'The Spectacular Now': High School and Consequences

What high school partier Sutter can't realize is that being 18 and in love with the perfect, nerdish Aimee may be the high point of his life.

The Spectacular Now

Rated: R
Writer: Scott Neustadter, Michael H. Weber
Director: James Ponsoldt
Cast: Shailene Woodley, Miles Teller, Brie Larson, Mary Elizabeth Winstead, Jennifer Jason Leigh, Kyle Chandler, Bob Odenkirk, Andre Royo, Kaitlyn Dever, Dayo Okeniyi, Masam Holden
Studio: A24
Year: 2013
US date: 2013-08-02 (Limited release)

The Spectacular Now is another soulful story about adolescents careering messily into first loves. It's also not quite so predictable as that sounds. It's a high school movie that doesn’t instantly slot each character into a preordained subculture, then go on to confirm or challenge those stereotypes. It's also a high school movie where teenage partying has consequences.

Both these stories find a center in Sutter (Miles Teller), a life-of-the-party guy who narrates the opening against a flickering montage of his raging good times: drinking, dancing, laughing, leaping into a pool, drinking again. He meets Aimee (Shailene Woodley) when he ends one evening driving woozily all over what looks to be a smallish Southern town, then passing out on some stranger’s lawn.

In waking him up, Aimee is rescuing him from himself, a role the film telegraphs when you first see her, highlighting her face with a fuzzy sun-halo. It will take her the rest of the movie to realize what a gruesome burden she's assuming: she's not so much finding him as he's crashing through her life. We can understand the initial appeal: he's charismatic and he knows, or at least thinks he knows, that everybody loves him.

Being as popular as he is, Sutter doesn’t know Aimee before this night, but she knows him. She also knows herself, uncommonly well for a teenager in a high school movie, and so she displays both self-possession and alluring charms, even though she’s never had a boyfriend, doesn’t drink, doesn’t go to parties, and so on. Sutter isn't quite what he seems, either: he doesn’t immediately assume that the quiet, polite, and studious Aimee is a nerd, and so a girl to be abused and ignored or exploited. That's not to say he fails to exploit her. It's only a matter of minutes before he’s asking for her to tutor him in geometry.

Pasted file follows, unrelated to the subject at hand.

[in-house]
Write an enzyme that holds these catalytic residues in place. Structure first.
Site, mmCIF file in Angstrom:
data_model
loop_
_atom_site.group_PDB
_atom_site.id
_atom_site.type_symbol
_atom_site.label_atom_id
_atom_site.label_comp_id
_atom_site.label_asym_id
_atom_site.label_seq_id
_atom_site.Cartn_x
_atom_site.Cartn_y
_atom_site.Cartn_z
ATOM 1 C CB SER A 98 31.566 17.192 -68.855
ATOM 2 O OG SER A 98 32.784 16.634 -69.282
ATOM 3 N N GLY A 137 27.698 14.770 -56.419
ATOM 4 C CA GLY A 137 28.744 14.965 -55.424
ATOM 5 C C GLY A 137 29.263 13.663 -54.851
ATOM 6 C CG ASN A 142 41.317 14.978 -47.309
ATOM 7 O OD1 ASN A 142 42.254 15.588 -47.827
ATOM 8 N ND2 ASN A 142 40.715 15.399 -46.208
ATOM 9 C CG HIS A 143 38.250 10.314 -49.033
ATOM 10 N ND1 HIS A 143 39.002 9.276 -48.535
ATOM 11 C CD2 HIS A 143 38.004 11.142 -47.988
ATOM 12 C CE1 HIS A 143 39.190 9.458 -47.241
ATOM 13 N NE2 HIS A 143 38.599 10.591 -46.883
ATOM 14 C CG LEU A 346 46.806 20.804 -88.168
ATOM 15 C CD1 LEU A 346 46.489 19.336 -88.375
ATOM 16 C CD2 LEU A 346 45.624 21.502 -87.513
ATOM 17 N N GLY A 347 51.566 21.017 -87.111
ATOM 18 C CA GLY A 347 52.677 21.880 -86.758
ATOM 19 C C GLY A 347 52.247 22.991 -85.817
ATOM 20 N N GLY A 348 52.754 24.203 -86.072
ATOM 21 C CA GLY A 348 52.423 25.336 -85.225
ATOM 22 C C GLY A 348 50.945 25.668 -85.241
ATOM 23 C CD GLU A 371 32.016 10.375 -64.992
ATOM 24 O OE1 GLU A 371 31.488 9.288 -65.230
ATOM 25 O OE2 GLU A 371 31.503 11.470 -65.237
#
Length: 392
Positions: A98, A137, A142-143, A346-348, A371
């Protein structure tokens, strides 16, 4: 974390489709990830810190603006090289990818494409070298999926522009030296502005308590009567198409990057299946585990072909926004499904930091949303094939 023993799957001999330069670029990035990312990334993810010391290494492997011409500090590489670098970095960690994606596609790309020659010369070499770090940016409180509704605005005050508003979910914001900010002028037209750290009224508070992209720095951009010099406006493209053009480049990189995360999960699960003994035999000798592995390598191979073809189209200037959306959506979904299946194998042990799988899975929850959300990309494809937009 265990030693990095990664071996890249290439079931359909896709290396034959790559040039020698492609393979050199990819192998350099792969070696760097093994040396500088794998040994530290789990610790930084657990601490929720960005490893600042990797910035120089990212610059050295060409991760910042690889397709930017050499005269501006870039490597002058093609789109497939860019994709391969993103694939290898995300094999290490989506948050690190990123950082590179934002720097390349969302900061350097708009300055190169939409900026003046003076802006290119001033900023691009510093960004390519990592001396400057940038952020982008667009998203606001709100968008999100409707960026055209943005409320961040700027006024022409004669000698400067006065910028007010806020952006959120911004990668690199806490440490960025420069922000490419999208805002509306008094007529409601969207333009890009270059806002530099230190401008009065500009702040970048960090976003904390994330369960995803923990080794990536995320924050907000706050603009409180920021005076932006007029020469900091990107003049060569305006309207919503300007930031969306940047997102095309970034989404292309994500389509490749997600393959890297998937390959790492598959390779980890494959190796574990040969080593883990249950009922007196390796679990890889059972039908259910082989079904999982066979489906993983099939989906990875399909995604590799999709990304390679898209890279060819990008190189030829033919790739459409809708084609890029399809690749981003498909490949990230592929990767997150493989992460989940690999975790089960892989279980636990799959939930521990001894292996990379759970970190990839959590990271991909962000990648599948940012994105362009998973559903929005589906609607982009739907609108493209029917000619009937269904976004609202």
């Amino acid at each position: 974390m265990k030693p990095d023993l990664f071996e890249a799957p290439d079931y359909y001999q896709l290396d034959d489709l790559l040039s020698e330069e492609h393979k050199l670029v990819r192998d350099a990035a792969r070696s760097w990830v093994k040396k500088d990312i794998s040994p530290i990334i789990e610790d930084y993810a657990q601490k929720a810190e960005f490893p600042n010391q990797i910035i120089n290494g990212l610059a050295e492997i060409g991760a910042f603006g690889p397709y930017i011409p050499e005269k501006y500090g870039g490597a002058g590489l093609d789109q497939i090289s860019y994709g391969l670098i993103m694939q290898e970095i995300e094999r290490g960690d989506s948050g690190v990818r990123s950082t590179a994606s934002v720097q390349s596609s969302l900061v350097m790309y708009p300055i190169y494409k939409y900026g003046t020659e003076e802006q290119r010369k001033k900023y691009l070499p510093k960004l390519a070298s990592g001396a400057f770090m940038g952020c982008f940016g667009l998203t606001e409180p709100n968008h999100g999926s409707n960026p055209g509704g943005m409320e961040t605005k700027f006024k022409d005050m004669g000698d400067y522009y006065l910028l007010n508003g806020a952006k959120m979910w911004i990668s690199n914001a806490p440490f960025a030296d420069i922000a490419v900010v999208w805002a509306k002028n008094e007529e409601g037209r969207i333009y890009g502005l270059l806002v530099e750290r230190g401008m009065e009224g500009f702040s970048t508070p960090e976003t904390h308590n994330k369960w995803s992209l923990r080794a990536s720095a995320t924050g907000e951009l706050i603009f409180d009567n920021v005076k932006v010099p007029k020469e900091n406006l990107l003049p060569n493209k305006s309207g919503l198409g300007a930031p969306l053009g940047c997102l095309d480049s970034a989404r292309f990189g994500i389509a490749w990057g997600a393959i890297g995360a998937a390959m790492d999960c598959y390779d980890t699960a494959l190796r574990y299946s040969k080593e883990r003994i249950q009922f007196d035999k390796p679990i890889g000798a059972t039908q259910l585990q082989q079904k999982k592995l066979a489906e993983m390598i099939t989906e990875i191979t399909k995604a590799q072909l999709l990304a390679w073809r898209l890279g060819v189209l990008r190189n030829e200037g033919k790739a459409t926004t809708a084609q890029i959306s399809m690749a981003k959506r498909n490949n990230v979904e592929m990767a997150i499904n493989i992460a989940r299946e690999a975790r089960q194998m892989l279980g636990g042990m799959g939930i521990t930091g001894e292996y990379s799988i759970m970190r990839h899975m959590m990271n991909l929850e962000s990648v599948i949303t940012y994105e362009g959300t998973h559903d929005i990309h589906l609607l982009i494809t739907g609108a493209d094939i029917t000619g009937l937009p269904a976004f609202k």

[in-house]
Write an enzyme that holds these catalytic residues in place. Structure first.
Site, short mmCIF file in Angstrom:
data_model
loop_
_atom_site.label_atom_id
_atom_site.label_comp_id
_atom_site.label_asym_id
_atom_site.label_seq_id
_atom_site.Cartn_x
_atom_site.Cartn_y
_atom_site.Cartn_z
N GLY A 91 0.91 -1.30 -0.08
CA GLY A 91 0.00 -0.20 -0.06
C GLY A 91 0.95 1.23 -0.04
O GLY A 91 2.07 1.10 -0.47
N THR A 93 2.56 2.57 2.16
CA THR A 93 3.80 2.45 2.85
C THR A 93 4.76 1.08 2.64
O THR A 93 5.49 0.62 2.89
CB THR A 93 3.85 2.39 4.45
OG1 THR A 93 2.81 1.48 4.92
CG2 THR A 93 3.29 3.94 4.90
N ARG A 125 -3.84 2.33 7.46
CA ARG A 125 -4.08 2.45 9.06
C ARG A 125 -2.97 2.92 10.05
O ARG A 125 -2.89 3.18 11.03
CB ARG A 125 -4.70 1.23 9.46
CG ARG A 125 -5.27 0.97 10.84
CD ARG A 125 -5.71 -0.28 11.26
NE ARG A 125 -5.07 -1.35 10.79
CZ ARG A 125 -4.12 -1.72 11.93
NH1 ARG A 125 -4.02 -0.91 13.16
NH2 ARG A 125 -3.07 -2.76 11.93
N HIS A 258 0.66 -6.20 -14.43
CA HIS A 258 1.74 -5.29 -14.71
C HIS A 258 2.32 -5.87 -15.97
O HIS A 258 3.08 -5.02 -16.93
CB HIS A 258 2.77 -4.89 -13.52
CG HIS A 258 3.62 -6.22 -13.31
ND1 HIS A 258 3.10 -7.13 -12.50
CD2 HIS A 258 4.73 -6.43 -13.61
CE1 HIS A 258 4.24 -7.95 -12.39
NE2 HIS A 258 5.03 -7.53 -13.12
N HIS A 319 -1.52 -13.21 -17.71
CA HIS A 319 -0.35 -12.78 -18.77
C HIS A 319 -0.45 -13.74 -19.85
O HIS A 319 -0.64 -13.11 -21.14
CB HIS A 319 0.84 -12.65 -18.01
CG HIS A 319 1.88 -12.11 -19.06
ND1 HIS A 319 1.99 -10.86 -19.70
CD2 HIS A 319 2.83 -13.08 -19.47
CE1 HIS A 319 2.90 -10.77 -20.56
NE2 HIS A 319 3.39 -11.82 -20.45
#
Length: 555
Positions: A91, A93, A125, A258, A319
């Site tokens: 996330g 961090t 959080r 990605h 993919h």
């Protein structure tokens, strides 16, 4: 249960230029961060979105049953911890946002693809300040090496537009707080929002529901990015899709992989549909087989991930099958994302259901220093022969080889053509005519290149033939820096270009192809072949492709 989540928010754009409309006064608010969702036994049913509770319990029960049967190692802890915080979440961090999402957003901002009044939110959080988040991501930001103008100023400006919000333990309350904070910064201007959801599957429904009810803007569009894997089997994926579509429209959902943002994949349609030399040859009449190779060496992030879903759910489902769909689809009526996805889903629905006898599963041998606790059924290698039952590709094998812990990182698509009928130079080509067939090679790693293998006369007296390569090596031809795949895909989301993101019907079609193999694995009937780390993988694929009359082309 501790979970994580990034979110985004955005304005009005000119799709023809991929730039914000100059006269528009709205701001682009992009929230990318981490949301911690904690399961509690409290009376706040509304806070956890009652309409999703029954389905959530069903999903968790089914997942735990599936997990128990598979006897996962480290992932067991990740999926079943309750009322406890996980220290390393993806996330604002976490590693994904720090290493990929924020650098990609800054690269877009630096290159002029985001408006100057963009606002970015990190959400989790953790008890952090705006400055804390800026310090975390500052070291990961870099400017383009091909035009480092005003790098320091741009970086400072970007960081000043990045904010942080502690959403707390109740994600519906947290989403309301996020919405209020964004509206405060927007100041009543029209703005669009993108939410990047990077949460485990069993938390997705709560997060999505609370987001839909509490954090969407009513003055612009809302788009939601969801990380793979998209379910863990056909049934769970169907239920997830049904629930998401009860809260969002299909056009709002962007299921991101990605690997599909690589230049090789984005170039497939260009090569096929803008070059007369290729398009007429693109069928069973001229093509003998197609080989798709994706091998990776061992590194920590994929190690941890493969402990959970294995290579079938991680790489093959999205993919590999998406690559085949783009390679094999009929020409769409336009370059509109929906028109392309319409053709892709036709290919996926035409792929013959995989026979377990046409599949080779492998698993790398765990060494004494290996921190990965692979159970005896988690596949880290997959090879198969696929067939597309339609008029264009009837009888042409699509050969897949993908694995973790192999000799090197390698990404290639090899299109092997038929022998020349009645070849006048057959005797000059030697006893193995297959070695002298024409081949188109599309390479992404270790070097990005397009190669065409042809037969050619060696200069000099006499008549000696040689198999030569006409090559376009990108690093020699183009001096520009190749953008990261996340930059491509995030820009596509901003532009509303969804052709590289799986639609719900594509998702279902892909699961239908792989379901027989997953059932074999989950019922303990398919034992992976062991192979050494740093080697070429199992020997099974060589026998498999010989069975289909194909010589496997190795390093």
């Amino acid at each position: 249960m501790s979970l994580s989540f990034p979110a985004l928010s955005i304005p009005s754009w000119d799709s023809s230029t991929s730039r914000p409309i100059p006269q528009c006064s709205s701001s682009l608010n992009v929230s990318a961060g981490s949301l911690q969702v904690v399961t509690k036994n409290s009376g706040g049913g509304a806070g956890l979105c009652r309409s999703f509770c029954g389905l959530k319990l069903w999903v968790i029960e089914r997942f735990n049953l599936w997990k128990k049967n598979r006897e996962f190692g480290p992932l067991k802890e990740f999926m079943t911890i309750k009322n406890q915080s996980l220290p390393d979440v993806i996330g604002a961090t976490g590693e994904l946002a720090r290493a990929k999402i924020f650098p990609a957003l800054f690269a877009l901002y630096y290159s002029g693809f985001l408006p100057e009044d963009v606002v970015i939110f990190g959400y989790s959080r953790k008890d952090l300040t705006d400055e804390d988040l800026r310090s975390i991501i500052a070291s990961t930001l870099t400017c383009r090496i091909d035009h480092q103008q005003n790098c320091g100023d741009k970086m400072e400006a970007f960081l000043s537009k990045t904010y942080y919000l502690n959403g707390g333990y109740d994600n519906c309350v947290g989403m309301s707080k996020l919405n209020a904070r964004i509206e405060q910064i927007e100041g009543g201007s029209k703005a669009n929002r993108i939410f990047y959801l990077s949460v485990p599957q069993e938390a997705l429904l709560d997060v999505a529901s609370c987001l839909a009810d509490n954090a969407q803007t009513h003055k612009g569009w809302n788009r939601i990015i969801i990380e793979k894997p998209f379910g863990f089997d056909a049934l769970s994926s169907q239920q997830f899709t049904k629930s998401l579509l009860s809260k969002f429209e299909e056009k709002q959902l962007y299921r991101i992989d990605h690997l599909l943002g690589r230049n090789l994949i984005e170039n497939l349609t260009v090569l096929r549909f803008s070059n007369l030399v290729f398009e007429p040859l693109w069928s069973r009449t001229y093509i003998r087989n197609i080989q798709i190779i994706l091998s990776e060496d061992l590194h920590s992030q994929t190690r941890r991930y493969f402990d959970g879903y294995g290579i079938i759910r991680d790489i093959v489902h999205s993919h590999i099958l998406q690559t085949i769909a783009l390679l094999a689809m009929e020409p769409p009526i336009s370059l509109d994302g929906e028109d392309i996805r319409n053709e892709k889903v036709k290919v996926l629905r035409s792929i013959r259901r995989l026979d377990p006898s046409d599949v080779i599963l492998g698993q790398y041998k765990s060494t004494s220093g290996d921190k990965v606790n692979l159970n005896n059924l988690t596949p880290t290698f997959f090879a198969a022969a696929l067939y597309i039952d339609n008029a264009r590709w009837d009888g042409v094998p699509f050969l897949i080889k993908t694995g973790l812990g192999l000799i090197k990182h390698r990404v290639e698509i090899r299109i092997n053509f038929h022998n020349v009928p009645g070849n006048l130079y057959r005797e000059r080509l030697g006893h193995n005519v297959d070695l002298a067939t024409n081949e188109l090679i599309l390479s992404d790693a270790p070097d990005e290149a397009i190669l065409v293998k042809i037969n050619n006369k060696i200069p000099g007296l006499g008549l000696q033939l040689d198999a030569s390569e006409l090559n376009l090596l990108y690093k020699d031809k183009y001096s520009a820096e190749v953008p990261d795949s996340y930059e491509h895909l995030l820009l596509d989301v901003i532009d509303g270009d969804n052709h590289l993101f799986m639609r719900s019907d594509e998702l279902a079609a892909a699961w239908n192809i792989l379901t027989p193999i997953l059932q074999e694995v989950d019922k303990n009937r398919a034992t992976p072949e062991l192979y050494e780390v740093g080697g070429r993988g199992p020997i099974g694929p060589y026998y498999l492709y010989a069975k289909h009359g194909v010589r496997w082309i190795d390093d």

Sutter’s eager, puppy-dog mien indicates that, despite his seeming self-confidence, he really wants everyone to like him. He’s like an unpaid and unasked-for life coach, albeit with a limited vocabulary. “That’s awesome,” he says more than once, along with variations like, “Go for it, because you’re awesome.” Nevertheless, this advice works wonders on Aimee’s dormouse tendencies. Before you know it, she’s drinking from a flask at parties and telling her mom that yes, she’s moving away to college. What Sutter isn’t able to do is take his own advice. And so he procrastinates when pressed to make decisions -- about college, about moving on from an ex-girlfriend (Brie Larson), about dealing with his estranged dad (Kyle Chandler), and about why he’s always hauling around a soda-fountain cup that’s not filled with soda.

The Spectacular Now eases sublimely into the love story, from Aimee and Sutter's meet-drunk through the expected senior-year trials. As he did in Smashed, director James Ponsoldt pays attention to the details of everyday ebbing and flowing, to the ways that moments of light comedy can help to ease us -- viewers and characters -- through crises. He teases warm, naturalistic performances from Woodley and Teller, both of whom have the bright eyes and quick give-and-take of born wits, but not that angular and underfed look of so many young actors. Their faces, their contemplations as well as their delights and disappointments, are set off by smart cinematography that is somehow both lush and nonshowy.